People familiar with modern gyms will no doubt have a passing recognition of weight training machines. Complicated-seeming pulley systems and confusing directions can often lead exercisers to shun weight training machines out of self-consciousness. Understanding the basic types of weight training machines can help conquer fears of looking silly, allowing dedicated gym-goers to create comprehensive strength training routines that work the whole body.
Arm machines come in all shapes and sizes, dedicated to toning and increasing muscle mass in the biceps, triceps, shoulders, and even the forearms. Most have adjustable weight stacks that allow users to increase and decrease weight load for maximum efficiency. For those who hate pull-ups, consider substituting with the lateral pull-down machine. Users sit on a bench and grasp a long bar overhead, leaning back slightly and pulling it to chest level. Or, reduce the potential for hyperextension of the elbows by using a bicep machine where the upper arms rest on a triangular pad so that only the correct muscles are used in the movement.
Trunk or core machines work the chest, back, and abdominal muscles, and may be combined with arm or leg machines. Abdominal frames or benches consist of a padded bench with a metal frame at the top, which the user grasps and uses to perform sit-ups. A pectoral machine works the muscles in the chest and arms, requiring a user to sit in a chair and grasp handles at chest level, pushing them into toward the center of the body.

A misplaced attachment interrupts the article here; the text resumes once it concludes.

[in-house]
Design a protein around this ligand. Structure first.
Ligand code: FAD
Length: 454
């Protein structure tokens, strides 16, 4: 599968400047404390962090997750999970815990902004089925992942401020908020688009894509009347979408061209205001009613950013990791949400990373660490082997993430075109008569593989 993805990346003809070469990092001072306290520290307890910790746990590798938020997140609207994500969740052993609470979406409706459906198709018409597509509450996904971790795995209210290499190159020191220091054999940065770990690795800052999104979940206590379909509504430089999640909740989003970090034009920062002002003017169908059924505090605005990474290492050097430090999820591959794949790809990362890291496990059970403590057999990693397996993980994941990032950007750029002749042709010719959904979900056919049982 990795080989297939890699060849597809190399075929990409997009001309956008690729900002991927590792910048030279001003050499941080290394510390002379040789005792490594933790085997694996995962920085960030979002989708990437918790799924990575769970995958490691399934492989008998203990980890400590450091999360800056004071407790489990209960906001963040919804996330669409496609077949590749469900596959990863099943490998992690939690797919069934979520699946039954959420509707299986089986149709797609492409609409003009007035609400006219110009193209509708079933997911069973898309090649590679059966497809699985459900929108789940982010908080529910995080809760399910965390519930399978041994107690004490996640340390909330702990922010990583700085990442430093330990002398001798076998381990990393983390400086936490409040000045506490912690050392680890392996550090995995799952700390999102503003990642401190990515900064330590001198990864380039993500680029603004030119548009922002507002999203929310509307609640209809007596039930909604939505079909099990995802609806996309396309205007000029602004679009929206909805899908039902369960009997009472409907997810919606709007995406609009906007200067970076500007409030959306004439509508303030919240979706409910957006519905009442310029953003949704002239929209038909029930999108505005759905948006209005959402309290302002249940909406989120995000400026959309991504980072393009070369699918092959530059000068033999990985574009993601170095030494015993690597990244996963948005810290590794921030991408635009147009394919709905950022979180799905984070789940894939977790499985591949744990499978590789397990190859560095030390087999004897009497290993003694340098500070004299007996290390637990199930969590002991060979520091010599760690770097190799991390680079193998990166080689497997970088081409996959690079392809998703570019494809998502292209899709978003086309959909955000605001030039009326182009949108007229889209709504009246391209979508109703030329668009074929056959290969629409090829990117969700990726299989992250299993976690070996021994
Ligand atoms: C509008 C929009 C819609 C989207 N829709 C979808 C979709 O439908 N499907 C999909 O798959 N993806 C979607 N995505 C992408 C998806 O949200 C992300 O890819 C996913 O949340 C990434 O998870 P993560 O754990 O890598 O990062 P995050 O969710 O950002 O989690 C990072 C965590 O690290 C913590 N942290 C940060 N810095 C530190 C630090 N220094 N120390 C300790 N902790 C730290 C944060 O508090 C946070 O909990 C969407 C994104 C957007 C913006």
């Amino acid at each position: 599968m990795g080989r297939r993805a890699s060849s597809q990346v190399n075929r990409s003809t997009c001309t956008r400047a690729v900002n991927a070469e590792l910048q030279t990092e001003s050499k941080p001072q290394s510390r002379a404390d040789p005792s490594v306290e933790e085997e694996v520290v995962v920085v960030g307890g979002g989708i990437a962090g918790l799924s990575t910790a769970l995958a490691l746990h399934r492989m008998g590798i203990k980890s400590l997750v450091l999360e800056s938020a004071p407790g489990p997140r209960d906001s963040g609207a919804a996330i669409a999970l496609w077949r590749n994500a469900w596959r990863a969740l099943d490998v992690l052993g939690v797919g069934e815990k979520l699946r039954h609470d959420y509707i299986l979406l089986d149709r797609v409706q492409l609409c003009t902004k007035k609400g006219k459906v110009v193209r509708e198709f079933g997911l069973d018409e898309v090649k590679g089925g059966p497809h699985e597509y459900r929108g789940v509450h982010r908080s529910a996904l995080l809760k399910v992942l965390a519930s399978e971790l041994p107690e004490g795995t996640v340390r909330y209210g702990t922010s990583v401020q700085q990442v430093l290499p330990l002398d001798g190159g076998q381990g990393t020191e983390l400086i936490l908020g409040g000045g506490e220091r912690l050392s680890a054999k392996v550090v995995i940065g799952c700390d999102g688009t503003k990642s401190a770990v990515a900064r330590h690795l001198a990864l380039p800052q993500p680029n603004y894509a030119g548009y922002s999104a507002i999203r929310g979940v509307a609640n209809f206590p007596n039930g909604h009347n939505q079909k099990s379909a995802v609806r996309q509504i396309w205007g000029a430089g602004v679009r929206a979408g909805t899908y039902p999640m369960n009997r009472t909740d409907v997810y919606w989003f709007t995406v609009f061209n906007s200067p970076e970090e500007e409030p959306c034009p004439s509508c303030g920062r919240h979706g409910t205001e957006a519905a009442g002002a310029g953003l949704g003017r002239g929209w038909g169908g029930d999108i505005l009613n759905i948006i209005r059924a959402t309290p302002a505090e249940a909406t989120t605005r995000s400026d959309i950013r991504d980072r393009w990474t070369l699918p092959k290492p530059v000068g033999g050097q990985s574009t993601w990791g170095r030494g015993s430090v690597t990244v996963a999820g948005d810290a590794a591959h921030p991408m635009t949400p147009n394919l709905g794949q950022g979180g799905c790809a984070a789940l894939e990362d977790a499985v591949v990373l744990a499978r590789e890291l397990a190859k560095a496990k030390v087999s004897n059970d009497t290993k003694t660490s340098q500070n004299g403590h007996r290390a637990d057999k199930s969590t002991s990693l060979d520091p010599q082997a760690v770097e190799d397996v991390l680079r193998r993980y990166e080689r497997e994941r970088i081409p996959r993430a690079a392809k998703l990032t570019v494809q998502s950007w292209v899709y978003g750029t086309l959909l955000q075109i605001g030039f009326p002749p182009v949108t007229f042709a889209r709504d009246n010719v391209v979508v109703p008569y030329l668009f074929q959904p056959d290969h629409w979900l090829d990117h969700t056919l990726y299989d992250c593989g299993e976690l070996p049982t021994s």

Weight training machines for the legs come in all shapes and sizes and focus on the calves, hamstrings, quadriceps, and gluteus muscles. Since the legs are generally the strongest part of the body, the weight stack for these weight training machines is usually much higher. A leg-press machine focuses on the muscles in the thighs by making the user lie at an angle with legs bent and feet against a heavy plate, then push off to a straight leg position. Adductors tone the inner thighs by having the user sit on a padded chair with his or her legs apart and bring the legs together by pushing knees against padded rests.
Some weight training machines combine multiple exercises, or allow components to be switched out or adjusted to work different muscle groups. The staple of many home exercise rooms, multi-gyms generally have places to do both arm and leg training, as well as combine moves for total-body work. Common features of multi-use weight training machines include an overhead pulley for arm and back work, a bench or padded chair with attachments for leg moves, and a pull-up bar.